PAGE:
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davidb

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About davidb

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  1. Hi, CPU: AMD FX-8350 8-core 4.00GHz Memory: 16GB OS: Win7 64-bit Pro IDE: MPLAB V8.92 Compiler: SourceBoost V7.21 Pro Target: PIC18F87K22 Not a show stopper but just found that: The BoostC Compiler -m option does not appear to work when using SourceBoost C under MPLAB. This shows success followed by BUILD FAIL on the first file compiled. Works when using SourceBoost IDE. Perhaps someone else can check this as it may be unique to me. Regards davidb
  2. Bade, Use the required library files from the 'SourceBoost\Lib\large' folder rather than those in the 'SourceBoost\Lib' folder. Unfortunately the documentation for the use of the various library files seems to be somewhat lacking. Regards davidb
  3. Bade, The error message tells you that the Linker needs the -idx2 option as well! Also, probably wise to upgrade to V7.21. Regards davidb
  4. Hi, Although not a problem that can't be overcome the bugs demonstrated in my above post are still extant in V7.21 Regards davidb
  5. Hi mityeltu, Sorry it didn't work but this is all pretty basic stuff. If your master is not transmitting how do you know that the slave is not working? It is difficult to comment without seeing your code but have you checked that your basic timing is working? Use a scope and a spare output port for debugging to check the timing and then check that the SPI clock and data outputs from your master are correct. Do this before worrying about the slave. Regards davidb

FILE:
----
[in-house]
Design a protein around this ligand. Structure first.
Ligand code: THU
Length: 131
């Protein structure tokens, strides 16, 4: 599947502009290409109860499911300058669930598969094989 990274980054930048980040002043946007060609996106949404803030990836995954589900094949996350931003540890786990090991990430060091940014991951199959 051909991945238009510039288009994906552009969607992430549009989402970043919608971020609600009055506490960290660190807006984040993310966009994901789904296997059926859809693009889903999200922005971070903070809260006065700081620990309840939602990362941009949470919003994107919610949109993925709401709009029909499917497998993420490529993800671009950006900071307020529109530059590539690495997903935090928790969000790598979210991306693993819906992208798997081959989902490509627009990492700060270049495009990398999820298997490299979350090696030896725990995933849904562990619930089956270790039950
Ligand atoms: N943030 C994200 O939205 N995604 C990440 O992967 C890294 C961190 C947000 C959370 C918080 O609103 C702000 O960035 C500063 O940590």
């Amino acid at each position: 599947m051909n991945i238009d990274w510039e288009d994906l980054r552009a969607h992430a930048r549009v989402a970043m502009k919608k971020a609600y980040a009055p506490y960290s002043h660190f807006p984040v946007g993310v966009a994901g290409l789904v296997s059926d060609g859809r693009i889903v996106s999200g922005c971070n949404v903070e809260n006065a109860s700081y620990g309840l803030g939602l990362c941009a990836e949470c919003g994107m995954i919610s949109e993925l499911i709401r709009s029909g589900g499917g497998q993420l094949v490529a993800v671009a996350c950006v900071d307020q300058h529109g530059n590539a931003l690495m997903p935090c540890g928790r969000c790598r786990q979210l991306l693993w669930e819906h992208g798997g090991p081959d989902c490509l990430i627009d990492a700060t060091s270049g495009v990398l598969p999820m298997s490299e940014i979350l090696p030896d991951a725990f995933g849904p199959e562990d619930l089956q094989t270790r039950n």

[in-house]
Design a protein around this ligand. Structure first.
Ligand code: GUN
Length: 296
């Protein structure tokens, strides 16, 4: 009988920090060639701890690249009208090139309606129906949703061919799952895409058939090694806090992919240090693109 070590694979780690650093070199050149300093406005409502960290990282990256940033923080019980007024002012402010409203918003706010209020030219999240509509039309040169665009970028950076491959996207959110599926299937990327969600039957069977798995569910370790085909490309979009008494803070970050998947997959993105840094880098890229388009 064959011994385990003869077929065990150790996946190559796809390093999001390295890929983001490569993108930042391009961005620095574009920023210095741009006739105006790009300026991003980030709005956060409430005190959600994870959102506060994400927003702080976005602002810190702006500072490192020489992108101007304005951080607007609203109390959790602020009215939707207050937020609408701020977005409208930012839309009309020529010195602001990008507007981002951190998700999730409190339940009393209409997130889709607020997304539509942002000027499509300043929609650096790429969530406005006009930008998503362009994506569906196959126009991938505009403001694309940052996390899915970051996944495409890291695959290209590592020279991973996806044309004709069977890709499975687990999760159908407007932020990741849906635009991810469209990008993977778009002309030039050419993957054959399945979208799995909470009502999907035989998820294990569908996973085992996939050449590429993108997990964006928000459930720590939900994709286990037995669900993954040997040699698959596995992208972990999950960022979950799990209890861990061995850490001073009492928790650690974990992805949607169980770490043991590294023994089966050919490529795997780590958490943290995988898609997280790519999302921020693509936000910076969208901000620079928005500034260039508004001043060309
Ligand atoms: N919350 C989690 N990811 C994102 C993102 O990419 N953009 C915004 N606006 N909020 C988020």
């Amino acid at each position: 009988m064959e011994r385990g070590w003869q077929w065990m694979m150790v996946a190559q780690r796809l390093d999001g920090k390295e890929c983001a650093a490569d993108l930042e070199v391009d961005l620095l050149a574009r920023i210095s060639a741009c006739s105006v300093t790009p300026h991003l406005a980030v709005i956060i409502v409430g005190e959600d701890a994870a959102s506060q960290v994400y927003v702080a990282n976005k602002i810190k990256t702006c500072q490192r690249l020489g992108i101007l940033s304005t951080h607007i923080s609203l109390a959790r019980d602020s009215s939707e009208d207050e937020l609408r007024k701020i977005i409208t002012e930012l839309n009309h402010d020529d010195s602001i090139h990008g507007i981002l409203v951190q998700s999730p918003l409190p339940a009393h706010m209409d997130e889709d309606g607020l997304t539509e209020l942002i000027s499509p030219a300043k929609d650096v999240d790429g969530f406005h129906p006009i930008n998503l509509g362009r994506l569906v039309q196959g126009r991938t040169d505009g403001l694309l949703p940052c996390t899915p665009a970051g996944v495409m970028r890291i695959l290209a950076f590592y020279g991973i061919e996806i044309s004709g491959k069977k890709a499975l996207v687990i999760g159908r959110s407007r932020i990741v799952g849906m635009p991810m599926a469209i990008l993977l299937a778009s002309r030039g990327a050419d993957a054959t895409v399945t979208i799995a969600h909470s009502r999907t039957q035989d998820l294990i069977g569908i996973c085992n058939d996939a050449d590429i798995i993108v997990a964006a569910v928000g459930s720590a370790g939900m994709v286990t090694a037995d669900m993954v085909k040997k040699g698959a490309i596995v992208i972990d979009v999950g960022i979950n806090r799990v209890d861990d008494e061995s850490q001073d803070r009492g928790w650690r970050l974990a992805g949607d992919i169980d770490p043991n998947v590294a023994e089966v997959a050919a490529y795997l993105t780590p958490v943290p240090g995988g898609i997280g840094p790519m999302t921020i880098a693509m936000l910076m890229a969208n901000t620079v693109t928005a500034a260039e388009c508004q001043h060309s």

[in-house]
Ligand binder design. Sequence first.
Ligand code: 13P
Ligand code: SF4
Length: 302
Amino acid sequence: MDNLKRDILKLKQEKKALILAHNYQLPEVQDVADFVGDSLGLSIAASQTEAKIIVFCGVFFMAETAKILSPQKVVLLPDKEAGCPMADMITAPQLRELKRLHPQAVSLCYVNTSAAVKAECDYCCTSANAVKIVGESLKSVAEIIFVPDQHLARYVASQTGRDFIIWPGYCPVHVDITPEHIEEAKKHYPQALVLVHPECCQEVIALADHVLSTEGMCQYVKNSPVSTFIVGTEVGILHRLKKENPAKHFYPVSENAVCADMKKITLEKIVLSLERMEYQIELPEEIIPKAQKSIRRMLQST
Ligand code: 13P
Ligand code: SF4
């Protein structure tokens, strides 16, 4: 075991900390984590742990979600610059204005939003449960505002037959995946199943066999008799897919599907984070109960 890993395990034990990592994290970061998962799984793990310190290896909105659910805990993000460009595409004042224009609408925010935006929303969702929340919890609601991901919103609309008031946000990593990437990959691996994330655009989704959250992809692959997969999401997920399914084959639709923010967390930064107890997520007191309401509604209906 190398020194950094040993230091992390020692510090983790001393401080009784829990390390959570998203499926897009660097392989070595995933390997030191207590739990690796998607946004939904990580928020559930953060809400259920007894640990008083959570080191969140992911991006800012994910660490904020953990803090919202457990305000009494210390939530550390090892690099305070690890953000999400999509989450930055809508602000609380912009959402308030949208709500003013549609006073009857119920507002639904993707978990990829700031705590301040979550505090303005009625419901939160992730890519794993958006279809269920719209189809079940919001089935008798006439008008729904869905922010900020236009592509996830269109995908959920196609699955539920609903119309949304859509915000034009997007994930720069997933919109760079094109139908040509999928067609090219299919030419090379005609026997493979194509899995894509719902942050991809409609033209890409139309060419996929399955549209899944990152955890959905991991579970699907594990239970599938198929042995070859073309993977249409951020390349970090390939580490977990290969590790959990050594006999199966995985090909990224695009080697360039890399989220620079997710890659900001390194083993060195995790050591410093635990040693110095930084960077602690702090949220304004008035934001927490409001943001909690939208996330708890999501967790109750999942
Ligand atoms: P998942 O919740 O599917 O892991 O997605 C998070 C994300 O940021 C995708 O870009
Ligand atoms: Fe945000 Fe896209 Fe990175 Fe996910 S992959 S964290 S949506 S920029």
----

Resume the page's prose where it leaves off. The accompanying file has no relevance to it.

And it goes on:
6. mityeltu, I would suggest that you thoroughly read the data sheet for the part you are using as well as checking out application notes and sample code so that you properly understand how the interrupts work. It is only my opinion but I believe using delay loops is bad programming practice hence my suggestion of using an interrupt driven task timer. You can also use similar techniques to produce one shot timers, PWM etc. Delays are a quick fix for simple applications but become a pain when trying to expand the program to do something useful. While it is generally true that inte
  7. mityeltu, Here are a few basic problems, particularly with the slave: Do not globally disable or re-enable interrupts within the interrupt routine. Doing so is pointless and can cause problems. The global interrupt is disabled and re-enabled automatically. In addition why are you disabling pheripheral interrupts within the interrupt? You are you using the SPI interrupt to set a flag which you then monitor and clear in main (). This is totally pointless, you may as well not use an interrupt at all but just monitor the interrupt flag and clear it in main () when required. However
  8. Hi, SourceBoost 7.2 is still broken in regard to comparing signed data types with #defined constants with 18F parts. This is similar to the >= problem that occured in SourceBoost 7.1. which now seems to be fixed. Problem: The following test code was created to test for the problem. When compiled for 16F, specifically 16F887, it works fine with 'value' as any data type. When compiled for 18F parts, specifically 18F87K22, it works correctly for a signed char or signed long but fails using a signed short in test case 3. Expected Behaviour: To work correctly x should be 1